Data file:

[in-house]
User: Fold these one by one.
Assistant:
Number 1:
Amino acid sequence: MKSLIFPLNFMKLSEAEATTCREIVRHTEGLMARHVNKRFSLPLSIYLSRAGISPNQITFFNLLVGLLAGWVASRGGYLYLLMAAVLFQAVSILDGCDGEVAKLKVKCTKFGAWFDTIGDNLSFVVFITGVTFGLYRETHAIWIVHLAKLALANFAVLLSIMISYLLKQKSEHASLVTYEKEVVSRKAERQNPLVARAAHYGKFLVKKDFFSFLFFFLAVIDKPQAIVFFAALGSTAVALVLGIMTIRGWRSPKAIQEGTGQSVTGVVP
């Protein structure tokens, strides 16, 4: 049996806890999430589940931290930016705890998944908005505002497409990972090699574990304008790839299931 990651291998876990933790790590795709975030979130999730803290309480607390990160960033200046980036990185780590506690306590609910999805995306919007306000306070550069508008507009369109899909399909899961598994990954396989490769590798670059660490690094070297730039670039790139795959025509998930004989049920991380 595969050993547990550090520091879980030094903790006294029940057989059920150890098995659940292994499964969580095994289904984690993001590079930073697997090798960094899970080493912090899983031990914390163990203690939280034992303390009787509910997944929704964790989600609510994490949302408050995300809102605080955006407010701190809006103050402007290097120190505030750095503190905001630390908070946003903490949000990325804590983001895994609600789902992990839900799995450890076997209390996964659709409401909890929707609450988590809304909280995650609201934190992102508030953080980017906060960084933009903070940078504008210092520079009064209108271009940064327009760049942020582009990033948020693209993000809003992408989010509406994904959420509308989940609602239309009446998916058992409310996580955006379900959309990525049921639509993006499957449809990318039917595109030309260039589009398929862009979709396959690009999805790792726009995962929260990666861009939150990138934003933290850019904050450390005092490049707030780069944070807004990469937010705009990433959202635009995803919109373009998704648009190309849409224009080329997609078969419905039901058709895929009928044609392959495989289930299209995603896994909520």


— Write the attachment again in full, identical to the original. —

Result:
[in-house]
User: Fold these one by one.
Assistant:
Number 1:
Amino acid sequence: MKSLIFPLNFMKLSEAEATTCREIVRHTEGLMARHVNKRFSLPLSIYLSRAGISPNQITFFNLLVGLLAGWVASRGGYLYLLMAAVLFQAVSILDGCDGEVAKLKVKCTKFGAWFDTIGDNLSFVVFITGVTFGLYRETHAIWIVHLAKLALANFAVLLSIMISYLLKQKSEHASLVTYEKEVVSRKAERQNPLVARAAHYGKFLVKKDFFSFLFFFLAVIDKPQAIVFFAALGSTAVALVLGIMTIRGWRSPKAIQEGTGQSVTGVVP
């Protein structure tokens, strides 16, 4: 049996806890999430589940931290930016705890998944908005505002497409990972090699574990304008790839299931 990651291998876990933790790590795709975030979130999730803290309480607390990160960033200046980036990185780590506690306590609910999805995306919007306000306070550069508008507009369109899909399909899961598994990954396989490769590798670059660490690094070297730039670039790139795959025509998930004989049920991380 595969050993547990550090520091879980030094903790006294029940057989059920150890098995659940292994499964969580095994289904984690993001590079930073697997090798960094899970080493912090899983031990914390163990203690939280034992303390009787509910997944929704964790989600609510994490949302408050995300809102605080955006407010701190809006103050402007290097120190505030750095503190905001630390908070946003903490949000990325804590983001895994609600789902992990839900799995450890076997209390996964659709409401909890929707609450988590809304909280995650609201934190992102508030953080980017906060960084933009903070940078504008210092520079009064209108271009940064327009760049942020582009990033948020693209993000809003992408989010509406994904959420509308989940609602239309009446998916058992409310996580955006379900959309990525049921639509993006499957449809990318039917595109030309260039589009398929862009979709396959690009999805790792726009995962929260990666861009939150990138934003933290850019904050450390005092490049707030780069944070807004990469937010705009990433959202635009995803919109373009998704648009190309849409224009080329997609078969419905039901058709895929009928044609392959495989289930299209995603896994909520």